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The Novelist    by Angela Hunt order for
by Angela Hunt
Order:  USA  Can
WestBow, 2006 (2006)
* * *   Reviewed by Melissa Parcel

Jordan Casey Kerrigan is the bestselling author of over twenty spy novels. Think Dirk Pitt combined with James Bond and you have a feel for her main character, Rex Tower. The catch is - most readers think she is a man. Her unisex name (combined with an intense desire for privacy) keeps this illusion alive. When Jordan agrees to teach a community college class on fiction writing, her students are shocked to discover she's a fifty-ish woman writing about a very macho man. One of her students challenges Jordan to write something personal, something less on the surface. Since Jordan has been a Christian for many years and has never put her faith on paper, she accepts the challenge.

Jordan begins writing The Ambassador, an allegory about Christian faith set in a modern-day world. Her initial thoughts are to use the novella as an illustration of the writing process for the class, and also to use the story to reach her troubled son. Twenty-one year old Zack is home after a disastrous two years away at college, marred by DUI convictions and erratic behavior. Zack has never accepted his parents' faith, and they are running out of ideas on how to reach him emotionally and spiritually. As Jordan writes The Ambassador, she explores her own faith as well as trying to help her son, who is spiraling out of control.

This is one of the most original, moving, and thought-provoking books I have read in many months. It is basically two stories in one - that of Jordan and her family, and the story within a story of The Ambassador - the tale of William and other residents of Paradise, a small town headed for trouble. Reading the plot summary above, I realize that it does not begin to convey the depths of this terrific book. These characters wrestle with substantive spiritual and emotional issues, ones familiar to most people. Parents especially will relate to the struggles Jordan and her husband experience while dealing with their wayward son.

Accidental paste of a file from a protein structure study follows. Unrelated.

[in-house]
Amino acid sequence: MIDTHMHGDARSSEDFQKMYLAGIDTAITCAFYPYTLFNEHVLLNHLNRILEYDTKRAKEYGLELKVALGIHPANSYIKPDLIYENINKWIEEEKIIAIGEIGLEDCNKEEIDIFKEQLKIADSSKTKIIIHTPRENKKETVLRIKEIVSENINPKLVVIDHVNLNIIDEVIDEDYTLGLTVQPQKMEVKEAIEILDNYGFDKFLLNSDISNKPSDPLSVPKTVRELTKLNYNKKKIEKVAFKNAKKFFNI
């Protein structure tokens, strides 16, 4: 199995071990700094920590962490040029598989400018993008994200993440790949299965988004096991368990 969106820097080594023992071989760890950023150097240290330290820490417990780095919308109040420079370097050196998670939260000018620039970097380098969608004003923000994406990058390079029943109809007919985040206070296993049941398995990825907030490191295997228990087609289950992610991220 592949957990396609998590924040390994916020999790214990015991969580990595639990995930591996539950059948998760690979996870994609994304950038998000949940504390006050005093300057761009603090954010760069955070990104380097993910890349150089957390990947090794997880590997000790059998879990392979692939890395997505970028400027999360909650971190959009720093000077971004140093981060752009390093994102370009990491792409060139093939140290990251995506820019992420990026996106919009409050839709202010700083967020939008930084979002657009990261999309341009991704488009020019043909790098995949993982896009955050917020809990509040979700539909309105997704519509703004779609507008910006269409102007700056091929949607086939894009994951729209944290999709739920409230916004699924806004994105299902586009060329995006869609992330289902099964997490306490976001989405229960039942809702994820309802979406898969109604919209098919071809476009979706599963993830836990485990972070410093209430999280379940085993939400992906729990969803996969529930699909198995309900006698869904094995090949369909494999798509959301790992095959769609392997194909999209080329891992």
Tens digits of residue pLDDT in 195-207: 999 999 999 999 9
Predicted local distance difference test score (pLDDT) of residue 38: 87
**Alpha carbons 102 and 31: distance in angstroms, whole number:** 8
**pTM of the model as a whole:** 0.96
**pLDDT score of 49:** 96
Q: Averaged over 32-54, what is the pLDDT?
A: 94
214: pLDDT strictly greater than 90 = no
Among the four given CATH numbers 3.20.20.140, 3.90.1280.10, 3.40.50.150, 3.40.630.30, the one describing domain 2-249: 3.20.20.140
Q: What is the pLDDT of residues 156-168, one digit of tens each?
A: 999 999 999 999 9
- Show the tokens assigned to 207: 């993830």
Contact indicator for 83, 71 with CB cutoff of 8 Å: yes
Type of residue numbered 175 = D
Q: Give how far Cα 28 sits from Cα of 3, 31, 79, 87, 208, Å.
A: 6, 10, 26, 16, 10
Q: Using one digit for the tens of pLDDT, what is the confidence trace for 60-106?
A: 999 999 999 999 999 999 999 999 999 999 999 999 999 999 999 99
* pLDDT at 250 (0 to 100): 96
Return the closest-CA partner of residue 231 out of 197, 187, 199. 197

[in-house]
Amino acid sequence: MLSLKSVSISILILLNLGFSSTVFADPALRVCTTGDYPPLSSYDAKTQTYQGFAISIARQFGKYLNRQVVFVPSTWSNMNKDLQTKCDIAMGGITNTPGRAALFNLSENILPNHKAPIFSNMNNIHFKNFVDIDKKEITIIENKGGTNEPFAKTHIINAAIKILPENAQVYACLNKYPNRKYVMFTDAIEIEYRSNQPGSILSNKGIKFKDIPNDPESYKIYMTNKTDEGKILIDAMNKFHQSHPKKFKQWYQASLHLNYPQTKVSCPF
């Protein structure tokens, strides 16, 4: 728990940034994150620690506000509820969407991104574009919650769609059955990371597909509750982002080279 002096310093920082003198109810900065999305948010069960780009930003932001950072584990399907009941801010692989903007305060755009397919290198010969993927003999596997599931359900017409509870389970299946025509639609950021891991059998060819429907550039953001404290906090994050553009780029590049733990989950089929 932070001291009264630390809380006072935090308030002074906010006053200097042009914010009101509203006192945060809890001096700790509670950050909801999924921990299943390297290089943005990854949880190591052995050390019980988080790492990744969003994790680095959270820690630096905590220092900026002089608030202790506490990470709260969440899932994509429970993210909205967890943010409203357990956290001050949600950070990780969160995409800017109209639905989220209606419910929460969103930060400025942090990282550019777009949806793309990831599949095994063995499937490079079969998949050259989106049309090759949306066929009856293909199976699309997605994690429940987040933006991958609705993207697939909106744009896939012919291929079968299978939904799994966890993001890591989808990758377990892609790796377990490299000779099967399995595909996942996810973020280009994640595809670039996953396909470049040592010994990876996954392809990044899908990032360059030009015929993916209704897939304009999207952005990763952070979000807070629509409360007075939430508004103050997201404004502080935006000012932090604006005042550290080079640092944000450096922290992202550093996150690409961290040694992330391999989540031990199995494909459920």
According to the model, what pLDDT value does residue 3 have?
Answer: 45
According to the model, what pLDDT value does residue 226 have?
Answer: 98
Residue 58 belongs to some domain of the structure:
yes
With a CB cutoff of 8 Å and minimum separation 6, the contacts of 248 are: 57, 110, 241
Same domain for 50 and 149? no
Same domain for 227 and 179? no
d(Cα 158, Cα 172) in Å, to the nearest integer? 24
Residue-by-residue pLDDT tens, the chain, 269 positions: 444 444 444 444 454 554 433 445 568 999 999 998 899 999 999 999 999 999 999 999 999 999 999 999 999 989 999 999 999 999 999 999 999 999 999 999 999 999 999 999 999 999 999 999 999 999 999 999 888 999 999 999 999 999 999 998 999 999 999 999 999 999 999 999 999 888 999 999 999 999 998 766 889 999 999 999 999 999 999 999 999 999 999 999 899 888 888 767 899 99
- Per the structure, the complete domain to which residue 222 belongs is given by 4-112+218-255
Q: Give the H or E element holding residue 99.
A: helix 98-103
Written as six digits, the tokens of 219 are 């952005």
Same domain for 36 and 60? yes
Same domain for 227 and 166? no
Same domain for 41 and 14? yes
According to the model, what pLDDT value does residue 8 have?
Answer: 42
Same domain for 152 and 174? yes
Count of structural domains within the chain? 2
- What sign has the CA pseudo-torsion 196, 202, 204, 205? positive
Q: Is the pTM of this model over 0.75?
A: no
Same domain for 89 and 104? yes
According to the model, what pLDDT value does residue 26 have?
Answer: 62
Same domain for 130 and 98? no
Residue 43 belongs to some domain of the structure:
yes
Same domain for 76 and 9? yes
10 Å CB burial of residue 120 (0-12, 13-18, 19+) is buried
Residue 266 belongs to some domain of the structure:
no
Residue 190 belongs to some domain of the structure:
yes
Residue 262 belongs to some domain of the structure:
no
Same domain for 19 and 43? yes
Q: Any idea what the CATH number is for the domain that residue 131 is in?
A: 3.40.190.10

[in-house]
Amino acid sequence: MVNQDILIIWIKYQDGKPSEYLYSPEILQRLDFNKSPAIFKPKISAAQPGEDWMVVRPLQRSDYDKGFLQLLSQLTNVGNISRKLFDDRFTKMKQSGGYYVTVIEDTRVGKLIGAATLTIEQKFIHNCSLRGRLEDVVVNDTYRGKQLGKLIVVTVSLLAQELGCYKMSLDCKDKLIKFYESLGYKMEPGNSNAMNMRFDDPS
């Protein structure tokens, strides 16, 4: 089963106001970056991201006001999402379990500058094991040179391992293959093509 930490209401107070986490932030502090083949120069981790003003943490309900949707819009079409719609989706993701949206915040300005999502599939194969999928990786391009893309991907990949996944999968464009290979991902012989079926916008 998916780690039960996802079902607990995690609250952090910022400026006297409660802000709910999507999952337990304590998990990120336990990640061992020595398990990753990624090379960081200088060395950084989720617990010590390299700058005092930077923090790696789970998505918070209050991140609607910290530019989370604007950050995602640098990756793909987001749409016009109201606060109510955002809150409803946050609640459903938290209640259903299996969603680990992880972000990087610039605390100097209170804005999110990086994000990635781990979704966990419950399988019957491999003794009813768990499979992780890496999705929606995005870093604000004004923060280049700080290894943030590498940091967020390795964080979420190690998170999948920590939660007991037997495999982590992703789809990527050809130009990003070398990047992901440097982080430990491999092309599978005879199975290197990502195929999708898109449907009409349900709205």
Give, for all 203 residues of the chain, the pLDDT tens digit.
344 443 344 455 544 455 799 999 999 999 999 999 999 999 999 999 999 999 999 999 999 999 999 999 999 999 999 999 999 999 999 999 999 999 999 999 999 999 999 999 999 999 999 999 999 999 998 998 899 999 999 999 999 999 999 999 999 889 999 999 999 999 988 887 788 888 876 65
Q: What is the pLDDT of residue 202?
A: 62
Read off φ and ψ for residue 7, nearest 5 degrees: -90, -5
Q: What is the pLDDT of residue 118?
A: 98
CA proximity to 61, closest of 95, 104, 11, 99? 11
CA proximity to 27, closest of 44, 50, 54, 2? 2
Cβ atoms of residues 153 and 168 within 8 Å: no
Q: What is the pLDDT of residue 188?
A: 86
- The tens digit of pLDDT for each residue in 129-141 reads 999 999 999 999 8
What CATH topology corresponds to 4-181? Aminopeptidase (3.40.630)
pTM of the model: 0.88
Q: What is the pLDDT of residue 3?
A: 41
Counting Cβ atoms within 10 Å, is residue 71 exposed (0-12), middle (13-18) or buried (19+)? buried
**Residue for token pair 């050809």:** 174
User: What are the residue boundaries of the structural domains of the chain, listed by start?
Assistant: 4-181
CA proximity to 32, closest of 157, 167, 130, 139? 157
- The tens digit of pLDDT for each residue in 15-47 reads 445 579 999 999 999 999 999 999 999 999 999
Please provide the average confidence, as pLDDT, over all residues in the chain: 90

The pacing and character development are excellent, as well as the intriguing insights into writing fiction - something the author knows a great deal about. I inhaled this book in one day and was sad to see it end. Although this is a Christian novel, the faith message is not forced on the reader and is actually dealt with in a very unique way. Angela Hunt never fails to provide thought-provoking and highly original stories, and The Novelist is no exception.

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